Hard Luck (St. Louis Mavericks #4) Read Online Brenda Rothert

Categories Genre: Angst, Sports Tags Authors: Series: St. Louis Mavericks Series by Brenda Rothert
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Total pages in book: 73
Estimated words: 70518 (not accurate)
Estimated Reading Time in minutes: 353(@200wpm)___ 282(@250wpm)___ 235(@300wpm)
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Konstantin:
I grew up bleeding to survive, so getting paid to play the game of hockey is a life richer than I ever dreamed possible. I’ve got it all, or so I thought until meeting Lucy Cain. My teammate’s sexy sister is a ray of sunshine in my otherwise gray world. Though fighting on the ice is second nature to me, in Lucy I’ve discovered something I’ve never had before—someone worth fighting for. But will she still want me when she sees the beast inside?

Lucy:
I’m leaving my life behind. As soon as I get my brother back on his feet, I’ll start over in a little seaside town to escape the dark secret I discovered about my ex. My plan hits a roadblock, though—a six-foot, inked up Russian one. My brother’s teammate Konstantin is more likely to throw a punch than crack a smile, but once I slip beneath his stoic, steely façade, I never want to let him go. As my past closes in, though, Kon and I aren’t just fighting for our future, but for our lives.

*************FULL BOOK START HERE*************

CHAPTER ONE

Lucy

My first time traveling by bus was probably going to be my last. Not only was it hot, the woman across the aisle from me had taken her socks and shoes off and the man in the seat next to mine had just whipped a container of leftovers out of his backpack.

“Mmm, beef and noodles,” he said, scarfing down his first mouthful. “Doesn’t even need to be heated up…oh, shit.”

The bus had hit a bump, causing him to spill his second bite all over the front of his shirt. As he scooped the noodles up with a paper towel, wadding it up and throwing it to the floor where it landed on my shoe, I closed my eyes. I kept telling myself to just breathe.

The downside was having beef and noodles on one of my new flats, but I had to remember that the upside was much bigger than that.

I was officially more than twenty hours away from Spokane, and I was never going back. Traveling by bus wasn’t my first choice, but it was the most low-key way to get out of the hell I inadvertently walked into a couple of months ago.

My bag buzzed with a notification on my phone. When I pulled it out, I saw a message from my older brother.

Sawyer: Hey, my teammate Kon is picking you up at the bus station. Here’s his contact info in case you need to reach him.

My stomach sank. It seemed like my intuition about my brother was right. It had been six months since his wife Annie died, and he was struggling to move forward. He’d always been an upbeat person who went out of his way to help others. Most of the time he didn’t even answer my calls anymore, and it was unlike him to send someone else to pick me up.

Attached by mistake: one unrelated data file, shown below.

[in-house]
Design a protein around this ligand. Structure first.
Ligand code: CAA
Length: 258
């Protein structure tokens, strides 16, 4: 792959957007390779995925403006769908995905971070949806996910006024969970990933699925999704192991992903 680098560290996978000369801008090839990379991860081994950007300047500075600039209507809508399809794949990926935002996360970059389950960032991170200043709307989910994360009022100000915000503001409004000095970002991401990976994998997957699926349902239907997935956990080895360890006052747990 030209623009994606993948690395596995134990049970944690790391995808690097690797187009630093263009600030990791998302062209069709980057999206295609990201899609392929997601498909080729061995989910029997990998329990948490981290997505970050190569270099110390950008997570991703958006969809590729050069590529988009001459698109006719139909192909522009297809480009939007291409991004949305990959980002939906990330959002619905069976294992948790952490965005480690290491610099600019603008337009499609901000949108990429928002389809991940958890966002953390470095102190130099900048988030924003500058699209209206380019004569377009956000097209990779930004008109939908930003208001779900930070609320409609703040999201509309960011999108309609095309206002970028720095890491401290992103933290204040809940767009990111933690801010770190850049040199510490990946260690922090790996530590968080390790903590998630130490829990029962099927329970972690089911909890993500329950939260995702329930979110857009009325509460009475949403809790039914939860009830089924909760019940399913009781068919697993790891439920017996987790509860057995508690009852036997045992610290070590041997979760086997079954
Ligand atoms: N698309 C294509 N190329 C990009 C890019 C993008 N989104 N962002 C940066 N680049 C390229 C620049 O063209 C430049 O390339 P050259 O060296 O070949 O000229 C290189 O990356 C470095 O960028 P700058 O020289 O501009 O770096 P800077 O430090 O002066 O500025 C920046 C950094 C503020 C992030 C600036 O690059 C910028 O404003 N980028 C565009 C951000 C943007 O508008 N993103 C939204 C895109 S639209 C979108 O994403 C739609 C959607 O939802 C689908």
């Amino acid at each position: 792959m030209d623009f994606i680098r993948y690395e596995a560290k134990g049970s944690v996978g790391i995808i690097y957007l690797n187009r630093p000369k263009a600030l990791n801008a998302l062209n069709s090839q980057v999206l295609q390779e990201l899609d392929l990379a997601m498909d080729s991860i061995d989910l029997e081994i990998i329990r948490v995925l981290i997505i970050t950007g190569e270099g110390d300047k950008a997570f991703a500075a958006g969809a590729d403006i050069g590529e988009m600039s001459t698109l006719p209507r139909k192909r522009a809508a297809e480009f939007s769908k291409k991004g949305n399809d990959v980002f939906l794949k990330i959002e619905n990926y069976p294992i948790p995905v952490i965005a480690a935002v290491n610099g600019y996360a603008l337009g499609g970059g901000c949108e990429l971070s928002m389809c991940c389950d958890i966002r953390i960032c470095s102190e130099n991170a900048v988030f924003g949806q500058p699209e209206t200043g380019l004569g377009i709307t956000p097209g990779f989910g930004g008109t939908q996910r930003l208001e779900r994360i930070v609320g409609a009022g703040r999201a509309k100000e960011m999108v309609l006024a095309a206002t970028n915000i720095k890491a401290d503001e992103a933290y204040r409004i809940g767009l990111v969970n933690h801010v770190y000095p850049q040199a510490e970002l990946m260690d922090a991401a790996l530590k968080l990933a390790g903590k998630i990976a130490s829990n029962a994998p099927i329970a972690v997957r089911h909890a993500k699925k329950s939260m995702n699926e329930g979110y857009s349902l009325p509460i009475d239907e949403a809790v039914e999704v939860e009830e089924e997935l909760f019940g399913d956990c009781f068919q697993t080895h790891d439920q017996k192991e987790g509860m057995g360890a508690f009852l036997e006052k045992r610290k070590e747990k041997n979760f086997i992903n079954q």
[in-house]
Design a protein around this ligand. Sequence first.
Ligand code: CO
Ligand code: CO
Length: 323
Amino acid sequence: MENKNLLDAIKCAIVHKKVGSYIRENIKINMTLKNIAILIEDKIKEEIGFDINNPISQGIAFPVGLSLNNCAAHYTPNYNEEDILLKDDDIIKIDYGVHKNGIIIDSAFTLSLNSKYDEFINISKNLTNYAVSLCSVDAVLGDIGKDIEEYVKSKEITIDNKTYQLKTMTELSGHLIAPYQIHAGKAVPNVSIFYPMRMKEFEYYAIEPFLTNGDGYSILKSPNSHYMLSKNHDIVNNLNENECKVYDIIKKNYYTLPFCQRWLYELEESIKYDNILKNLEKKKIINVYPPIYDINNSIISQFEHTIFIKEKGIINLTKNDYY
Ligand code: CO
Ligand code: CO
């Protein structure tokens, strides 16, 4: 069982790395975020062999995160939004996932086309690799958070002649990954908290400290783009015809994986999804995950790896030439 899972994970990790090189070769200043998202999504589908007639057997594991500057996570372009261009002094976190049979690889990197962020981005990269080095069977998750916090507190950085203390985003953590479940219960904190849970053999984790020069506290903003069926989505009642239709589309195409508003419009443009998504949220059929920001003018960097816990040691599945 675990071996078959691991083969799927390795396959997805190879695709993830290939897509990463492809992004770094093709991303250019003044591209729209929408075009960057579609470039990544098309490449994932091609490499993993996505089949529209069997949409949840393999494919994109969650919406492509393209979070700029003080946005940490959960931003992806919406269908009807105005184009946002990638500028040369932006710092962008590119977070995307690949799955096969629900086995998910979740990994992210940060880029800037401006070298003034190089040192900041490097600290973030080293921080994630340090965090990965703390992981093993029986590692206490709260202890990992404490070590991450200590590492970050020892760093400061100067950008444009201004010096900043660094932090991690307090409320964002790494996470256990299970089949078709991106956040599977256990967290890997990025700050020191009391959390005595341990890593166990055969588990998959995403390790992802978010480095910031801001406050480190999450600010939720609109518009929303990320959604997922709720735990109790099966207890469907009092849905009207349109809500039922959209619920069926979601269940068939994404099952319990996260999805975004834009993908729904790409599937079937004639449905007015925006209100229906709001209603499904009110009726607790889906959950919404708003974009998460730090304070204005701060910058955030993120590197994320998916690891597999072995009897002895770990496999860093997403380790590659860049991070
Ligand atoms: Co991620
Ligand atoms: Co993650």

Hopefully he wasn’t pissed at me. I hadn’t asked him if I could come stay with him for a while; I’d texted him a few days ago that I was coming. Before I started over in a new place, I wanted to make sure my brother was okay. He hadn’t just lost Annie; he’d had to watch as cancer destroyed her body and stole her from those who loved her.

Cancer had taken everything it could from my sister-in-law, but she’d never conceded a single shred of her spirit. To the end, she’d been grateful for every moment of life and every person around her. Annie and I had been close. I missed her every day, and even though she wasn’t here for me to talk to anymore, I usually knew what she would say if she were.

Go pull Sawyer back into the land of the living. I could almost hear her sweet voice saying the words. Don’t take no for an answeryou know how stubborn he is.

“Hey, you got a knife by chance?” the man next to me asked.

I shook my head.

“Not like a knife knife,” he said. “They searched our bags so I know no one’s got a real one. But like a butter knife? Just something that can cut this?”

He held up a thick slice of ham and I didn’t know whether to laugh or cry. My seatmate was basically pulling a Thanksgiving spread out of his backpack.

“Sorry, I’ve got nothing,” I said.

With a shrug, he bit a chunk off the ham. I looked away, grateful that I was changing buses in Chicago. From there, it was just a few more hours to my final destination—St. Louis.

I was looking forward to seeing my brother and dreading it in equal measure. It would be the first time I’d seen him since Annie’s funeral.

The week I’d spent at Sawyer’s then had been the hardest of my life. It broke my heart to see him grieving for Annie. My strong brother had been brought to his knees and there was nothing I could do about it. When I’d left him to return to Spokane, I’d assumed he’d slowly get better.

Maybe I was wrong, and he was doing better than I thought. Nothing would make me happier.

What he didn’t know, and I wasn’t yet ready to tell him, was that this might be the last time we saw each other for a long time.

I’d closed out my bank account and sold everything I owned in Spokane, including my car. When I left St. Louis, I was starting over somewhere new. Somewhere quiet and out of the way. Somewhere I hoped I’d be safe.

“Have you been to the Lou before?” the guy next to me for the Chicago to St. Louis bus ride asked.

He seemed nice enough, and he wasn’t tossing food onto my shoes, so I smiled and responded.

“A few times. My brother lives there.”

“Cool. I was visiting a buddy at the University of Chicago and now I’m heading back to school. St. Louis University. I’m Sam.”


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